A number of age-dependent degenerative diseases are caused by chronic endoplasmic reticulum (ER) stress in vital cells. In many cases, the afflicted cells suffer from ER stress since birth, but the death of irreplaceable cells occurs only late in life. Although our understanding of ER stress-induced cell death has advanced significantly, most of the known mechanisms involve pathways that signal within hours, and it remains unclear how these pathways regulate cell death that occurs only decades later. Here, I highlight the conceptual issues and suggest ways to make sense of the age-related effect of ER stress-induced cell death in degenerative diseases.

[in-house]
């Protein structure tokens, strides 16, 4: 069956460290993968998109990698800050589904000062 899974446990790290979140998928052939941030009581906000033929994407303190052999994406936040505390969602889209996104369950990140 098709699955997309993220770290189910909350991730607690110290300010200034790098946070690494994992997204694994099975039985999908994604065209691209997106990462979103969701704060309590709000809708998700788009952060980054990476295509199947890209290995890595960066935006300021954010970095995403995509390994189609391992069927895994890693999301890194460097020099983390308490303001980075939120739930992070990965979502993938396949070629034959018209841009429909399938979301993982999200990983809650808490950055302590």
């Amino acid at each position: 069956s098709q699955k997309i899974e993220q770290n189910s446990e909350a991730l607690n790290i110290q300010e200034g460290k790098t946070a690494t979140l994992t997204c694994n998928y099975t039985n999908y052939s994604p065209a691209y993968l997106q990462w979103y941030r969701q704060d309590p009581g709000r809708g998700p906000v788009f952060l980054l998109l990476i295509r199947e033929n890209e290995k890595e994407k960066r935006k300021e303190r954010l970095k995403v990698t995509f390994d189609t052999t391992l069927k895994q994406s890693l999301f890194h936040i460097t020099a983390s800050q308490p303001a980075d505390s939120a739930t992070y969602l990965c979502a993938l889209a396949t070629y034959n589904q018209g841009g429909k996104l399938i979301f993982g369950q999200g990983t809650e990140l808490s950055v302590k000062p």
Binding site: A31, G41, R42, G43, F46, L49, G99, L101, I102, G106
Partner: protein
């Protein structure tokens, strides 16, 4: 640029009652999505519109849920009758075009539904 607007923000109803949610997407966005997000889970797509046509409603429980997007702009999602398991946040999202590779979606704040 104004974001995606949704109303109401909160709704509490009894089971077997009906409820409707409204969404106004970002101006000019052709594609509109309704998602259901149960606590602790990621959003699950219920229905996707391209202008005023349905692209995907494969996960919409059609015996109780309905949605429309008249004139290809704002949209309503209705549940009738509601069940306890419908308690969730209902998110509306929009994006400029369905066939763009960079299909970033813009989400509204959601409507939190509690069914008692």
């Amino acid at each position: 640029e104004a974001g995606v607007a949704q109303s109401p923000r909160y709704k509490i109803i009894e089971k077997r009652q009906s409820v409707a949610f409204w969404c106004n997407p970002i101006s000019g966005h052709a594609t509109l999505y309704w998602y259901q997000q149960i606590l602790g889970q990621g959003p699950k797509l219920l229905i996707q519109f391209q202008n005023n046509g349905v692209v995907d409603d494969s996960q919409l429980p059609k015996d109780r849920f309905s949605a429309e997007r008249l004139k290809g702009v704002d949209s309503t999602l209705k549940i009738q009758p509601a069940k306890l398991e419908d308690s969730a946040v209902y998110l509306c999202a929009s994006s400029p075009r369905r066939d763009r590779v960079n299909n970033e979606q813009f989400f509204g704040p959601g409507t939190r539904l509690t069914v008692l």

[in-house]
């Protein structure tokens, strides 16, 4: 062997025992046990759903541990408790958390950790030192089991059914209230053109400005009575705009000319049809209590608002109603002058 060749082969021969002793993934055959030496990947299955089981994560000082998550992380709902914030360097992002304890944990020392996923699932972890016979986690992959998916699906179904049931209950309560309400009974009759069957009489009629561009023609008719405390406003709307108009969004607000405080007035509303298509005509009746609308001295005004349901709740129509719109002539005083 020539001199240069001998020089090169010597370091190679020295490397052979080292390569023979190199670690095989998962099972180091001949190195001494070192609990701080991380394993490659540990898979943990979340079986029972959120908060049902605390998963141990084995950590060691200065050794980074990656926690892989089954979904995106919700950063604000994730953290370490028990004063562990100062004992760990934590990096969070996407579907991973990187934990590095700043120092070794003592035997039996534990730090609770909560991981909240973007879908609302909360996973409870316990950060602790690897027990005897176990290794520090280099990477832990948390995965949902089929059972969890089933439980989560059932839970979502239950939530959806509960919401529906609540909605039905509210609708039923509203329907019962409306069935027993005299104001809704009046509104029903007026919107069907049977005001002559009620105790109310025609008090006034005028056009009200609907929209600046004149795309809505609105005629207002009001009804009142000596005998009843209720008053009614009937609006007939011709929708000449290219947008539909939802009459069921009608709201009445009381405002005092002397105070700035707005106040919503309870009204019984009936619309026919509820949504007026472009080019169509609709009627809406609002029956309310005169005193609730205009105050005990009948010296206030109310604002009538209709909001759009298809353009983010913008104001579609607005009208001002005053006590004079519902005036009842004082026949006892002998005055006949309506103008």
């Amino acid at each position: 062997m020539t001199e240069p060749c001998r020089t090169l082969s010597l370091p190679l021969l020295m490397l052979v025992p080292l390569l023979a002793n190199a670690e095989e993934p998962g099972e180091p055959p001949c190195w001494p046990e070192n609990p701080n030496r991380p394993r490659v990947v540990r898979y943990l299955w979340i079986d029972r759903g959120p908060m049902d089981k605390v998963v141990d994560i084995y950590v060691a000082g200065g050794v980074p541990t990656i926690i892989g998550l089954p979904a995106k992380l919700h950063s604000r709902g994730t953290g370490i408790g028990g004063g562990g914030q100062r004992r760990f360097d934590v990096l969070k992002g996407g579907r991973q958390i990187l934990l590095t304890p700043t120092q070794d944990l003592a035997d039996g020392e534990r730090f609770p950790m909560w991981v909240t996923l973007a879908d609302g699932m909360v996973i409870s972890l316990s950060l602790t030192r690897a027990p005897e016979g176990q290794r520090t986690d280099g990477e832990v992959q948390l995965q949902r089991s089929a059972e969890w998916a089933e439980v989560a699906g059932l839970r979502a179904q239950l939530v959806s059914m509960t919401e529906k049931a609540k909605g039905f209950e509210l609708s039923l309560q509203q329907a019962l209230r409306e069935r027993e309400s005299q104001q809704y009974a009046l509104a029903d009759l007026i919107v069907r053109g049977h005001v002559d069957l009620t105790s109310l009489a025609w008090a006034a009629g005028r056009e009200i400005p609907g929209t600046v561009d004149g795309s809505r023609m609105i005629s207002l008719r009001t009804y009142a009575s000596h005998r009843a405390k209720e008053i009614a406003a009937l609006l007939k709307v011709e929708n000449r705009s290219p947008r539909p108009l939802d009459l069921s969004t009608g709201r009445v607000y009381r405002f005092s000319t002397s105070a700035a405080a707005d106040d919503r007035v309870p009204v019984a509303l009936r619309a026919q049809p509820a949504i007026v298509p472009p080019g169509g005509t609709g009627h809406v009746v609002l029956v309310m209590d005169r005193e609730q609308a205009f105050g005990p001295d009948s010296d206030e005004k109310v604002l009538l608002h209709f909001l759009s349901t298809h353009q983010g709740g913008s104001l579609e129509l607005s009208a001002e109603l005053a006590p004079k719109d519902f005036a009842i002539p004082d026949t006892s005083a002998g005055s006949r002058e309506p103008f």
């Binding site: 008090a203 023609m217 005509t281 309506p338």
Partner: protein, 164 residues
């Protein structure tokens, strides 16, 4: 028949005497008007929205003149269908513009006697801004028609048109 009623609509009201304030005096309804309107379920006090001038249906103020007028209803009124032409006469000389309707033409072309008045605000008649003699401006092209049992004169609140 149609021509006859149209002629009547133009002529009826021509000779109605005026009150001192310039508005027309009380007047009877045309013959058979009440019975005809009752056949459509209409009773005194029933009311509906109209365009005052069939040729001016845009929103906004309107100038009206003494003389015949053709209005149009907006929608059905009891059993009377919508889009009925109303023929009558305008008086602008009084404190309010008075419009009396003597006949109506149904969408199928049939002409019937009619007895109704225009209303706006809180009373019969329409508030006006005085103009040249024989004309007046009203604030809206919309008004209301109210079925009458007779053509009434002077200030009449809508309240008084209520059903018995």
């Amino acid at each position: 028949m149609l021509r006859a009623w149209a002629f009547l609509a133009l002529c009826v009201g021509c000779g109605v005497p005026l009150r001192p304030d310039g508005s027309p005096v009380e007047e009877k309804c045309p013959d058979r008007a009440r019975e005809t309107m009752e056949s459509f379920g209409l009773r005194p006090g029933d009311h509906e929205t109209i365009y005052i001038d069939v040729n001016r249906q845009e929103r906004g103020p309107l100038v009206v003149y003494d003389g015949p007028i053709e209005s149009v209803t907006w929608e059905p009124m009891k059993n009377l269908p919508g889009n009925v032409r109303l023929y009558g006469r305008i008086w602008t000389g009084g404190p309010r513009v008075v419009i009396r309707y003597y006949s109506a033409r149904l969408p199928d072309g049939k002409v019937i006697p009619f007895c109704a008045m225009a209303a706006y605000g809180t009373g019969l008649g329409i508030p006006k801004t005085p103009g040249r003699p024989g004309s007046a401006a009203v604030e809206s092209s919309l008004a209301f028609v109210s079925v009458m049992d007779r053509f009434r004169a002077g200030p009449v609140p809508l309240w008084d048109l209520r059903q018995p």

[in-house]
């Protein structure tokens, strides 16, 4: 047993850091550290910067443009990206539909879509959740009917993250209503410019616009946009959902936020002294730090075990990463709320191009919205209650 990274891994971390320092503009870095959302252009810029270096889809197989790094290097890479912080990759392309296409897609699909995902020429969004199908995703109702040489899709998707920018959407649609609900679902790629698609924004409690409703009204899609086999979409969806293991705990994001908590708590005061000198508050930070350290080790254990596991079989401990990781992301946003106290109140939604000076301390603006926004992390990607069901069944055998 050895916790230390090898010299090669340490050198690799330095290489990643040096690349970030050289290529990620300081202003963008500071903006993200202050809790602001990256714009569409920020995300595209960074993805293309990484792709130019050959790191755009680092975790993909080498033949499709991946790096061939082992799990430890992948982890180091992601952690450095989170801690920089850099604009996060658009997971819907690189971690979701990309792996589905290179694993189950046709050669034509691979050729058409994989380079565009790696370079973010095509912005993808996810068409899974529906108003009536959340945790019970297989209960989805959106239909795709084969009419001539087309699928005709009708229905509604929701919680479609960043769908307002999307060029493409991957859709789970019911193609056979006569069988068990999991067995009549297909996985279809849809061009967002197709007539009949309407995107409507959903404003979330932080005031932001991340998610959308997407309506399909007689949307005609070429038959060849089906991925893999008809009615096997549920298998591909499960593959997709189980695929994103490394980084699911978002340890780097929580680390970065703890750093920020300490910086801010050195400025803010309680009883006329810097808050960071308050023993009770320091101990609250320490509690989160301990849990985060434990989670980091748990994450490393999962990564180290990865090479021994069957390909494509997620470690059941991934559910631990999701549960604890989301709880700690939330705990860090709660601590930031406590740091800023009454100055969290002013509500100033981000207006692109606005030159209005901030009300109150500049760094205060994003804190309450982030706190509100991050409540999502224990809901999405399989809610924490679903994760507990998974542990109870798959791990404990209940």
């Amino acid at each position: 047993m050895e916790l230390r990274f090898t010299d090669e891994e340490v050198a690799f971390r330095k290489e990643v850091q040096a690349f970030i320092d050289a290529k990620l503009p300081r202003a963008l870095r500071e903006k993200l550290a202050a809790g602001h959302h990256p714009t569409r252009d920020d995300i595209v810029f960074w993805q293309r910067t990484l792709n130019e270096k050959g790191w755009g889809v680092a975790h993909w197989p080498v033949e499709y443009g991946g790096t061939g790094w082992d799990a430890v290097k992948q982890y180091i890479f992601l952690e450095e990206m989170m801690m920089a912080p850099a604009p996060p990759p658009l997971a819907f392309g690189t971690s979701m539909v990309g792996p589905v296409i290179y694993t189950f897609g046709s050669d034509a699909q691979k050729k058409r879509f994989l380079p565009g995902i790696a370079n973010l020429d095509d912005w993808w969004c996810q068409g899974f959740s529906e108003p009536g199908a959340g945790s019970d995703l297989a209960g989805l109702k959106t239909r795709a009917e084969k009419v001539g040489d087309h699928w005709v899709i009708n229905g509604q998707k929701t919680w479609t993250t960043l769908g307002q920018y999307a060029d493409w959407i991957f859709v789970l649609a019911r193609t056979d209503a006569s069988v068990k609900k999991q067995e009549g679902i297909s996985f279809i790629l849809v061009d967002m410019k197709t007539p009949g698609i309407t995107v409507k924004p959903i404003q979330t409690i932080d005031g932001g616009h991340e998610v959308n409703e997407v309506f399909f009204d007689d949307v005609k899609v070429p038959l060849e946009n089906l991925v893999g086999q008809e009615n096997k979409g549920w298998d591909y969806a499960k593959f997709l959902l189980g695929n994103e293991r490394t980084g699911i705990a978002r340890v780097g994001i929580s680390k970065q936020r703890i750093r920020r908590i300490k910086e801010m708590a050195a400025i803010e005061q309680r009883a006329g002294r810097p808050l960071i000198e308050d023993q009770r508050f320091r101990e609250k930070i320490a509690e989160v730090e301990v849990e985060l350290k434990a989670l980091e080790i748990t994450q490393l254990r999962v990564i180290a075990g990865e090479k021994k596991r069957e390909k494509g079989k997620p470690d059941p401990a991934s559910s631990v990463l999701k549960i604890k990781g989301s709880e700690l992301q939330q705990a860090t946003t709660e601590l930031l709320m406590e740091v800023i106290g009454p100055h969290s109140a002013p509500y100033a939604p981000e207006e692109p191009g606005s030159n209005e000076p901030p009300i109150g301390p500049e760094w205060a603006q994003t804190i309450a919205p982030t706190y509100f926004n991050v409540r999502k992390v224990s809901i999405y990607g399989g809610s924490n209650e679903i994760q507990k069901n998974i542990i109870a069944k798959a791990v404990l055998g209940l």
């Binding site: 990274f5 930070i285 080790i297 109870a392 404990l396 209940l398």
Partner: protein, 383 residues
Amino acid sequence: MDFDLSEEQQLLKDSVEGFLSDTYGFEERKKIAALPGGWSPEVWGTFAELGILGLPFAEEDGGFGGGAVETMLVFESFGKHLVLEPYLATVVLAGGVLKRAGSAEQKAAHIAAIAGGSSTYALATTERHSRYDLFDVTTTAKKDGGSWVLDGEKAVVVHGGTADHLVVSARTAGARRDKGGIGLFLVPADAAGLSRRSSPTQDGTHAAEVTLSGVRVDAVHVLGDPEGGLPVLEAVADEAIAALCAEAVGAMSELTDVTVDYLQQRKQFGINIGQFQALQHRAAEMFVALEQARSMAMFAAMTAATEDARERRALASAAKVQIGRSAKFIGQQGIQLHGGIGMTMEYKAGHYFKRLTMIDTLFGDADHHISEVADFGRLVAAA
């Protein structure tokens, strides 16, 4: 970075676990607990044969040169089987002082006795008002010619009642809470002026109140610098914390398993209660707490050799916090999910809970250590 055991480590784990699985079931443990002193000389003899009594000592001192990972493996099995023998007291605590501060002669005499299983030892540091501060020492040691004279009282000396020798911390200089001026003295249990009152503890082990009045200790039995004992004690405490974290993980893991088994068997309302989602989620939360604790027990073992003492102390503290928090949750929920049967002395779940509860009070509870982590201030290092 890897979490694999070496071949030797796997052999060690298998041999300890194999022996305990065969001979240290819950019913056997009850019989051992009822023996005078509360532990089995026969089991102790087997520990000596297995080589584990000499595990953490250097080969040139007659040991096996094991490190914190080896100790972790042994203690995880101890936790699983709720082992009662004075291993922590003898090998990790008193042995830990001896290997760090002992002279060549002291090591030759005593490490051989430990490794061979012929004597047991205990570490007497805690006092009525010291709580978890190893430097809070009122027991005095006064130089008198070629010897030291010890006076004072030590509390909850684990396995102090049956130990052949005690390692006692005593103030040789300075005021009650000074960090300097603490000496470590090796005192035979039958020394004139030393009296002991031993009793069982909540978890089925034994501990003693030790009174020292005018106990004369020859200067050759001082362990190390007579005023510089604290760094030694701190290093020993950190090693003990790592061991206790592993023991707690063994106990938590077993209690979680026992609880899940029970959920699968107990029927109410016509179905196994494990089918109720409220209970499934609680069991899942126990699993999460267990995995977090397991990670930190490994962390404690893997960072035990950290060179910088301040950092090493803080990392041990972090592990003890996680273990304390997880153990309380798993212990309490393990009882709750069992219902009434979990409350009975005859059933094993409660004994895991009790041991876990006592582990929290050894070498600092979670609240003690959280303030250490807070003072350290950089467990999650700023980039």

Excessive endoplasmic reticulum (ER) stress triggers cell death and underlies many degenerative diseases. Many models implicate the rapidly activated Unfolded Response Pathways in triggering caspase activation and cell death. However, such fast acting pathways are not suitable to explain age-related degenerative diseases that manifest only after decades of UPR activity and alternative mechanisms for cell death induction should be considered.